A cemetery dating back to the 4th century has been uncovered by archaeologists in Suffolk, England, revealing 52 incredibly well-preserved skeletons, many of which had been decapitated.
The dig at the Roman-era cemetery revealed many disembodied skeletons, buried with their heads carefully placed between their legs or feet. Some of the remains were merely skulls, buried without corresponding bodies. In all, only 17 of the 52 bodies of men, women and children were buried in the standard lying position.
Archeologists believe the deceased were not decapitated before death, but after. The heads appear to have been very carefully removed by a clean cut from the front just behind the jaw, unlike the violent, low cuts seen in ancient executions.
Most of the deceased lived until they were middle aged or older, although there was one small child and two other children aged about nine or 10. The majority of those buried at the site had very well-built upper bodies, suggesting they worked in agriculture and were well-nourished.
The Great Whelnetham area was a known Roman settlement, dating from the 1st century. An Archeological dig began ahead of planned housing development and, because the ground is fine, excavators thought any remains would have long disintegrated.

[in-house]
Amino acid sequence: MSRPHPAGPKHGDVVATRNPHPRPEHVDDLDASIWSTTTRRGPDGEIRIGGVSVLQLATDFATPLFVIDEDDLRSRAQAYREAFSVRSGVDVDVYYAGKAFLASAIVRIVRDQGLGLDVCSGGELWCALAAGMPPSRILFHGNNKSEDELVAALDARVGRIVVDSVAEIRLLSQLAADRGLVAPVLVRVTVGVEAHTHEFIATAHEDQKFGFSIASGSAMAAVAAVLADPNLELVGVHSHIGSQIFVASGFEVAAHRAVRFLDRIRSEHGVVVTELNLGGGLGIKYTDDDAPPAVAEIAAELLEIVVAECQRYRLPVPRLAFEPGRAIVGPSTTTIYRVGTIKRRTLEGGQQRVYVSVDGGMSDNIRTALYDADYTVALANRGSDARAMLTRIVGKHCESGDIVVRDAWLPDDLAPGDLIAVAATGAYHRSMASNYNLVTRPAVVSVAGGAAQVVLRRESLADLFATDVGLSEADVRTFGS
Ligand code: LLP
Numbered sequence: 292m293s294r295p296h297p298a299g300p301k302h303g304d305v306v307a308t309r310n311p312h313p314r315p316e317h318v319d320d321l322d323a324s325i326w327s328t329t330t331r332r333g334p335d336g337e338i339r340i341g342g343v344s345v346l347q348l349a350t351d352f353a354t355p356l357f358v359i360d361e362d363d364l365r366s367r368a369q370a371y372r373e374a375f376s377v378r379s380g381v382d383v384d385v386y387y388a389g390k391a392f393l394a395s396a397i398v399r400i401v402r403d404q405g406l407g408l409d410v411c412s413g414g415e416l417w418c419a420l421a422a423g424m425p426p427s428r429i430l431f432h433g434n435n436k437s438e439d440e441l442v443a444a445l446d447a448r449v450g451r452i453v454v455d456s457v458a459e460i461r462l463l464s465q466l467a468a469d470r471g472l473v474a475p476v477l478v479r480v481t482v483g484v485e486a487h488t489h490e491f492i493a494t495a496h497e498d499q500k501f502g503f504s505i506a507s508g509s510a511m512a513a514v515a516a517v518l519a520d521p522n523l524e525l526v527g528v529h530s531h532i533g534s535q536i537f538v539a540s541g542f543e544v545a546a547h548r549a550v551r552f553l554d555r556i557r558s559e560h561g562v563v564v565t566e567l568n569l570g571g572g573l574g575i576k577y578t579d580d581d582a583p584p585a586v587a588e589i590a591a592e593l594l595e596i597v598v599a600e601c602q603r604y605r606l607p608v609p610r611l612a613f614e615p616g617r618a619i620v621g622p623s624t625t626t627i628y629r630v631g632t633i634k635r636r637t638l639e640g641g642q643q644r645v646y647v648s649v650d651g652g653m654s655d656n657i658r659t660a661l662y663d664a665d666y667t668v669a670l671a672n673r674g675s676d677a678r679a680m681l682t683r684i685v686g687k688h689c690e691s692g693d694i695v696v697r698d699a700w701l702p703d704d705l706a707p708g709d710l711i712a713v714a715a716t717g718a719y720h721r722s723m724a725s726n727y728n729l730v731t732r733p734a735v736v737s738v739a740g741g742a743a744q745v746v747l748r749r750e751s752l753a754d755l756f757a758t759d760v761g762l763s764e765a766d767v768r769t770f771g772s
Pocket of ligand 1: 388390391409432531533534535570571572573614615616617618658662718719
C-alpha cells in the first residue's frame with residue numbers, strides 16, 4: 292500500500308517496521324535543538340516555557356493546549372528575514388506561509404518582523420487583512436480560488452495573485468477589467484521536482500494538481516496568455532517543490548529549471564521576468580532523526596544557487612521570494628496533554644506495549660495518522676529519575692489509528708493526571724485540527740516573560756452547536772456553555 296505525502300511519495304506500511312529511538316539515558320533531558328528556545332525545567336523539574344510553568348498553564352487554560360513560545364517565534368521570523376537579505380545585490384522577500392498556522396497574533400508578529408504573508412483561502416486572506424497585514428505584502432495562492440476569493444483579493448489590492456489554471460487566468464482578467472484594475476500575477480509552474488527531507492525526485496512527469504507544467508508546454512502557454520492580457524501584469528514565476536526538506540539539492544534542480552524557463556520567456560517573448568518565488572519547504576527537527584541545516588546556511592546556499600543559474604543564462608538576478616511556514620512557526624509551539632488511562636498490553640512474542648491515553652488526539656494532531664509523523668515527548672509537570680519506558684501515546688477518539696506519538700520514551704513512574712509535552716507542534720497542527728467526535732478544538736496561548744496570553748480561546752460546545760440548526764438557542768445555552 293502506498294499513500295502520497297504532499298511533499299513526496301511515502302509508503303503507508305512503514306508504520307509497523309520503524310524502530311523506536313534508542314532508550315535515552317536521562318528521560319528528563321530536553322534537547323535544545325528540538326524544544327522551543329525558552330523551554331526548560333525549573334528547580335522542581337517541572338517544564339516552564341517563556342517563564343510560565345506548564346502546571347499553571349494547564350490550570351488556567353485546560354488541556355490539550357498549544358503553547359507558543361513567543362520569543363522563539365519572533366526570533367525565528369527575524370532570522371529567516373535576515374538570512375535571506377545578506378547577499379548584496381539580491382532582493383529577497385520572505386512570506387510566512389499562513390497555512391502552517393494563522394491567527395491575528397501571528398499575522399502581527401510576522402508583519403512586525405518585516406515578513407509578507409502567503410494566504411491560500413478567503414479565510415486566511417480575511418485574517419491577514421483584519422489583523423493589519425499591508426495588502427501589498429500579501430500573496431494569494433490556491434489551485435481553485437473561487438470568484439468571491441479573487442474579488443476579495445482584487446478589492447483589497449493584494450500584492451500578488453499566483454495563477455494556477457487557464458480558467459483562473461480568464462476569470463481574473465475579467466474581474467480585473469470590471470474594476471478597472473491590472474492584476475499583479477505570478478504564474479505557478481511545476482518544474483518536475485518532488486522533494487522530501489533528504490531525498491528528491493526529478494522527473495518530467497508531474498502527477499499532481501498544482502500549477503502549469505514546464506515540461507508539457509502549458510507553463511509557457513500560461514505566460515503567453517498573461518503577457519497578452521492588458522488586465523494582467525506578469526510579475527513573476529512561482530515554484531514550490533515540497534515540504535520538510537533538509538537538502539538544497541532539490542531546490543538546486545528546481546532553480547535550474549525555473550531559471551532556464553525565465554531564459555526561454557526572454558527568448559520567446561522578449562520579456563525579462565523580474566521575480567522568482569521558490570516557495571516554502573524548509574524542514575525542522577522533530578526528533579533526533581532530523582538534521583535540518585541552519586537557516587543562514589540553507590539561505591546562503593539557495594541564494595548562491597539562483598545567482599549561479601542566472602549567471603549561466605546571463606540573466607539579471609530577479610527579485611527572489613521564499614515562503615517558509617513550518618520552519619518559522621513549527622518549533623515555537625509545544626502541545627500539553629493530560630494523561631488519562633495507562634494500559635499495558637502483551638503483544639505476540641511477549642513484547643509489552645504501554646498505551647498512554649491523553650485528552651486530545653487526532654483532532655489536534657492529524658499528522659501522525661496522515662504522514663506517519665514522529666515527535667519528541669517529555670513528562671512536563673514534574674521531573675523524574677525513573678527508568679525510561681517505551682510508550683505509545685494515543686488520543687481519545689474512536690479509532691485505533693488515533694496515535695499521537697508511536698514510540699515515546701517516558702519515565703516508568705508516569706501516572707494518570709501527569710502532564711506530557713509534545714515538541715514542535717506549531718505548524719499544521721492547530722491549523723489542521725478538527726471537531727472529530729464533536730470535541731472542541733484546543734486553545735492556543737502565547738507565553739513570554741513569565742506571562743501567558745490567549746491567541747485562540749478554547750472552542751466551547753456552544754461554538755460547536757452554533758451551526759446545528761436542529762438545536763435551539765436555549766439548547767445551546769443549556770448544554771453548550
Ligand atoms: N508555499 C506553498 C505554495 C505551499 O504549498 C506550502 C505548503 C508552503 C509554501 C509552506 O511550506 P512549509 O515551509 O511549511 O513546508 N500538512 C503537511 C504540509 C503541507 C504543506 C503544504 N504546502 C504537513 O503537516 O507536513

“We weren’t expecting to find this many or that well preserved,” archaeologist Andrew Peachey of Archaeological Solutions, the company conducting the dig, told the BBC.
It’s typical for Roman cemeteries across the country to have a small number of so-called “deviant” burials, sites that differ from the standard burial much like the ones we have today. However this site had an unusually high number of “deviants”. So high, in fact, that for this population it should be regarded as normal practice, says Peachey.
Although why only this cemetery deviated so far from the expected norm is still a mystery. It is possible that a Roman cult removed the heads as part of their religious burial ritual, according to Peachey. Another explanation could be that this particular population came from elsewhere in the Roman empire, possibly as slaves, and brought the burial practice with them.
The skeletons have since been moved to a museum archive for further study and to gain a better understanding of their history and their village.
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